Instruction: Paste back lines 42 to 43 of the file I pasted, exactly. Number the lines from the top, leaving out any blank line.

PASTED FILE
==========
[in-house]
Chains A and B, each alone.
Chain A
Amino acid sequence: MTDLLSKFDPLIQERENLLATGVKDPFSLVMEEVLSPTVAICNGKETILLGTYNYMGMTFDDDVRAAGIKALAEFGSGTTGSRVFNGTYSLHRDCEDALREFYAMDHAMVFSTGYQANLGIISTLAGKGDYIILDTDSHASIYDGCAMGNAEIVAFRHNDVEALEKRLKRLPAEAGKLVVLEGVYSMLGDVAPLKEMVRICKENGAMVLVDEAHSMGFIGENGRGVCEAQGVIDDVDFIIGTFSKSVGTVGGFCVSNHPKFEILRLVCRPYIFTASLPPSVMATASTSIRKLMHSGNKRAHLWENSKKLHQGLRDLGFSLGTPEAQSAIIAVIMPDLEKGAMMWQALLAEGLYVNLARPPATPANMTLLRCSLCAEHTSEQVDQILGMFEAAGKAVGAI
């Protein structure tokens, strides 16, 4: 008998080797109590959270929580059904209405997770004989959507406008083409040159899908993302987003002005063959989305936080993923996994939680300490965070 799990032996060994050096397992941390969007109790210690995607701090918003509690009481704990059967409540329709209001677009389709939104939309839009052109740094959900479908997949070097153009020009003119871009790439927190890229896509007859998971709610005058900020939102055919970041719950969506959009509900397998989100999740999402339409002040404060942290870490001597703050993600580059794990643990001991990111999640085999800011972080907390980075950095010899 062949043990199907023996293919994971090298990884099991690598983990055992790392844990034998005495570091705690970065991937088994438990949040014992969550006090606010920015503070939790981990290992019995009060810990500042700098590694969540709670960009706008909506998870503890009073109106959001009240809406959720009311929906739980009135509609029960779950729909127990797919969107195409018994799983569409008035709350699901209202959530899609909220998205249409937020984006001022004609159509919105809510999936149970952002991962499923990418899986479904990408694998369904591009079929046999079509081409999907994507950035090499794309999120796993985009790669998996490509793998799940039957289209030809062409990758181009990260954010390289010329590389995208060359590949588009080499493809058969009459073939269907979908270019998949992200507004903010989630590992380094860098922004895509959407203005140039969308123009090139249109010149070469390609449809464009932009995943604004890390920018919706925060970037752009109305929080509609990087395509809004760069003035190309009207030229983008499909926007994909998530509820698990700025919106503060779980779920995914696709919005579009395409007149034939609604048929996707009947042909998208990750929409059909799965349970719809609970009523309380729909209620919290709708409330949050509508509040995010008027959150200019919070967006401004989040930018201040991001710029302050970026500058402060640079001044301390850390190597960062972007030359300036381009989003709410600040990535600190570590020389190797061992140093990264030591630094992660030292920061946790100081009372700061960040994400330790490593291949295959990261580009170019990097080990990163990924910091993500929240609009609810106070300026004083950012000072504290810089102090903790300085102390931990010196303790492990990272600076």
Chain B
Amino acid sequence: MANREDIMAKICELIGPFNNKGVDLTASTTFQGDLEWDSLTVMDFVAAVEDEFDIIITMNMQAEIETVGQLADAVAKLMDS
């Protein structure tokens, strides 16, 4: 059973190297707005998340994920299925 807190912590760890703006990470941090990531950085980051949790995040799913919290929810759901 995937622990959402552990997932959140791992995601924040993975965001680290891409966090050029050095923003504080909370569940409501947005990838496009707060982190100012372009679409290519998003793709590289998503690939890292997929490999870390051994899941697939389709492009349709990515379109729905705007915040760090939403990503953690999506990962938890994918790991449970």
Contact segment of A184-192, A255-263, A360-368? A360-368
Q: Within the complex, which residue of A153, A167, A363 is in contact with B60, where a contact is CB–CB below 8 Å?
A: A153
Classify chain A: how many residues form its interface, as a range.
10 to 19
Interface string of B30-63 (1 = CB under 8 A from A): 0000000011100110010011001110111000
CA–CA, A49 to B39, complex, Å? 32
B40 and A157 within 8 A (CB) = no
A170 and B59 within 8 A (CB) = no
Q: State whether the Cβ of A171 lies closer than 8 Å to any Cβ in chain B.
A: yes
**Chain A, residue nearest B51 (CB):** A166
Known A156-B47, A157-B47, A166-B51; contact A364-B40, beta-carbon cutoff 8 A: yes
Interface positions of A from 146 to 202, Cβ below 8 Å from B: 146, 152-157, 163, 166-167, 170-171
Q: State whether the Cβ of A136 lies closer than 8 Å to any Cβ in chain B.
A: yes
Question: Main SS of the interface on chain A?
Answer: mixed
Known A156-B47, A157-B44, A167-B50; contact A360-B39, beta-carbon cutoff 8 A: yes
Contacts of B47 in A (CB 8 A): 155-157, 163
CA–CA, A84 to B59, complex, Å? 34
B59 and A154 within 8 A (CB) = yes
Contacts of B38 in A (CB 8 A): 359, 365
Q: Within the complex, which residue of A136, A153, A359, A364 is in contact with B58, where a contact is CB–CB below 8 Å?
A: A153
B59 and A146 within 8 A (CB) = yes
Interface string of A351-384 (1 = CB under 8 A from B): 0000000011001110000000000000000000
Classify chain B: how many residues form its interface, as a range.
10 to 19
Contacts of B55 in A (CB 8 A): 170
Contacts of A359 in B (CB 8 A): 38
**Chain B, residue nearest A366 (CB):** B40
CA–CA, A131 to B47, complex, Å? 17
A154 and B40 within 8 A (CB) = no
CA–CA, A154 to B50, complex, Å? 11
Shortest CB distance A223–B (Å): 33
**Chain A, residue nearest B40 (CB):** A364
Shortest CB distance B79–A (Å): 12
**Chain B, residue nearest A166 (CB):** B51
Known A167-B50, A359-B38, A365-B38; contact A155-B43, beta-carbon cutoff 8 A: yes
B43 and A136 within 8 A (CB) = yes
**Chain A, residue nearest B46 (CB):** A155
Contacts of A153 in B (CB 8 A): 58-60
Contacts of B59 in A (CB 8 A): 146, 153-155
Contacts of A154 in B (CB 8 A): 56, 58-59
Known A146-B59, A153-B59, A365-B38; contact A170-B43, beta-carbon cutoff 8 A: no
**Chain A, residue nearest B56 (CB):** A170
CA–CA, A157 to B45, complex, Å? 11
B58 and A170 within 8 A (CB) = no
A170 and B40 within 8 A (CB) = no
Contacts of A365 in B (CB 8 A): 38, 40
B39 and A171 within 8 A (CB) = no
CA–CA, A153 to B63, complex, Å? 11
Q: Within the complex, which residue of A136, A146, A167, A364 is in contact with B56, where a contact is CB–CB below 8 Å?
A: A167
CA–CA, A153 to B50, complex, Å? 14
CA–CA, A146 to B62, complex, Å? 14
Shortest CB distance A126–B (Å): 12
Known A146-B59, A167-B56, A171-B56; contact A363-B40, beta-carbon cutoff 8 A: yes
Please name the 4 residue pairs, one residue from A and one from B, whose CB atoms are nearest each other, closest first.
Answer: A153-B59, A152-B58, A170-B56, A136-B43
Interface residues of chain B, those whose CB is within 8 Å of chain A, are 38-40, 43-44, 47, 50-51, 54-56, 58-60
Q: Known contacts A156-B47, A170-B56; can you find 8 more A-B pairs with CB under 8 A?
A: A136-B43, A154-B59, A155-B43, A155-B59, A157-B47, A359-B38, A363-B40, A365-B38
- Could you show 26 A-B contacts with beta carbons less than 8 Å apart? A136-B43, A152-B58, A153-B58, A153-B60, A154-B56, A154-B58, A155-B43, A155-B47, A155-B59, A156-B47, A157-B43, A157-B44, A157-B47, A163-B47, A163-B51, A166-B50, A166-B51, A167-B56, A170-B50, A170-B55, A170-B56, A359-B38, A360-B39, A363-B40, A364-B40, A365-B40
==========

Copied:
A154 and B40 within 8 A (CB) = no
CA–CA, A154 to B50, complex, Å? 11